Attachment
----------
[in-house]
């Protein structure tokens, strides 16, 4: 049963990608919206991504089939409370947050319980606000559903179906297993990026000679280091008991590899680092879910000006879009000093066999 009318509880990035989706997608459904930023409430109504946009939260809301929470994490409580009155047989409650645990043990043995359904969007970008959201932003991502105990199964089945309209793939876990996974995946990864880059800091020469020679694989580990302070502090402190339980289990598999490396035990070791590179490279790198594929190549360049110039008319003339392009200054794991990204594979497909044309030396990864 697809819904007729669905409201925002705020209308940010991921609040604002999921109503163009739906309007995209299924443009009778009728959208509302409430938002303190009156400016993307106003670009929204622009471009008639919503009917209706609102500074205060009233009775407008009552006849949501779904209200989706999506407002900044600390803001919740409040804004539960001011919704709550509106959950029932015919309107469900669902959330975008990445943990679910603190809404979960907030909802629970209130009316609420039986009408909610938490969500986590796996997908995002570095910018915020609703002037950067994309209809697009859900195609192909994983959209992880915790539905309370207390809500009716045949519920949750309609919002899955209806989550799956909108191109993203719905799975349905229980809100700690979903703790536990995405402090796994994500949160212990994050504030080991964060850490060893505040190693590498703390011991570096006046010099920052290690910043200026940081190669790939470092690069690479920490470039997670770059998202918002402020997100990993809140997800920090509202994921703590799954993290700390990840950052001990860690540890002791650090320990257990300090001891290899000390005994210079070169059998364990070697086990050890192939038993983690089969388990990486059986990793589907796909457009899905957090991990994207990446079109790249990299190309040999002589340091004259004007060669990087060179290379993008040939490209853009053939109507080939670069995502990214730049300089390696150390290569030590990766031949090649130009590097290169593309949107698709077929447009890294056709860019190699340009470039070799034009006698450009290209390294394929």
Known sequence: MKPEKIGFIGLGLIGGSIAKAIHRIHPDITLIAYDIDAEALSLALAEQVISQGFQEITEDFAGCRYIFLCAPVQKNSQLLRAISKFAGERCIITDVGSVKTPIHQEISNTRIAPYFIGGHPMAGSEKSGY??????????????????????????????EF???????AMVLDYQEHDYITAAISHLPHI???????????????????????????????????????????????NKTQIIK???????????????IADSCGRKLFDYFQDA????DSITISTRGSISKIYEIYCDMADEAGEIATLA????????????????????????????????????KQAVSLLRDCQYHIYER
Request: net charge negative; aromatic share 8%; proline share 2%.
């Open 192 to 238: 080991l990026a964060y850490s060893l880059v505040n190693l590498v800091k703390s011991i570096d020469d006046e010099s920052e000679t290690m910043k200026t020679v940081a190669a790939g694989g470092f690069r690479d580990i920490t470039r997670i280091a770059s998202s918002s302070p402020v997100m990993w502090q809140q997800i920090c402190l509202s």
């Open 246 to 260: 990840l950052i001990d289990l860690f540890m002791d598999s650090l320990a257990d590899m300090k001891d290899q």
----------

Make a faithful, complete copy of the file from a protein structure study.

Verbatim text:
[in-house]
């Protein structure tokens, strides 16, 4: 049963990608919206991504089939409370947050319980606000559903179906297993990026000679280091008991590899680092879910000006879009000093066999 009318509880990035989706997608459904930023409430109504946009939260809301929470994490409580009155047989409650645990043990043995359904969007970008959201932003991502105990199964089945309209793939876990996974995946990864880059800091020469020679694989580990302070502090402190339980289990598999490396035990070791590179490279790198594929190549360049110039008319003339392009200054794991990204594979497909044309030396990864 697809819904007729669905409201925002705020209308940010991921609040604002999921109503163009739906309007995209299924443009009778009728959208509302409430938002303190009156400016993307106003670009929204622009471009008639919503009917209706609102500074205060009233009775407008009552006849949501779904209200989706999506407002900044600390803001919740409040804004539960001011919704709550509106959950029932015919309107469900669902959330975008990445943990679910603190809404979960907030909802629970209130009316609420039986009408909610938490969500986590796996997908995002570095910018915020609703002037950067994309209809697009859900195609192909994983959209992880915790539905309370207390809500009716045949519920949750309609919002899955209806989550799956909108191109993203719905799975349905229980809100700690979903703790536990995405402090796994994500949160212990994050504030080991964060850490060893505040190693590498703390011991570096006046010099920052290690910043200026940081190669790939470092690069690479920490470039997670770059998202918002402020997100990993809140997800920090509202994921703590799954993290700390990840950052001990860690540890002791650090320990257990300090001891290899000390005994210079070169059998364990070697086990050890192939038993983690089969388990990486059986990793589907796909457009899905957090991990994207990446079109790249990299190309040999002589340091004259004007060669990087060179290379993008040939490209853009053939109507080939670069995502990214730049300089390696150390290569030590990766031949090649130009590097290169593309949107698709077929447009890294056709860019190699340009470039070799034009006698450009290209390294394929």
Known sequence: MKPEKIGFIGLGLIGGSIAKAIHRIHPDITLIAYDIDAEALSLALAEQVISQGFQEITEDFAGCRYIFLCAPVQKNSQLLRAISKFAGERCIITDVGSVKTPIHQEISNTRIAPYFIGGHPMAGSEKSGY??????????????????????????????EF???????AMVLDYQEHDYITAAISHLPHI???????????????????????????????????????????????NKTQIIK???????????????IADSCGRKLFDYFQDA????DSITISTRGSISKIYEIYCDMADEAGEIATLA????????????????????????????????????KQAVSLLRDCQYHIYER
Request: net charge negative; aromatic share 8%; proline share 2%.
């Open 192 to 238: 080991l990026a964060y850490s060893l880059v505040n190693l590498v800091k703390s011991i570096d020469d006046e010099s920052e000679t290690m910043k200026t020679v940081a190669a790939g694989g470092f690069r690479d580990i920490t470039r997670i280091a770059s998202s918002s302070p402020v997100m990993w502090q809140q997800i920090c402190l509202s």
């Open 246 to 260: 990840l950052i001990d289990l860690f540890m002791d598999s650090l320990a257990d590899m300090k001891d290899q």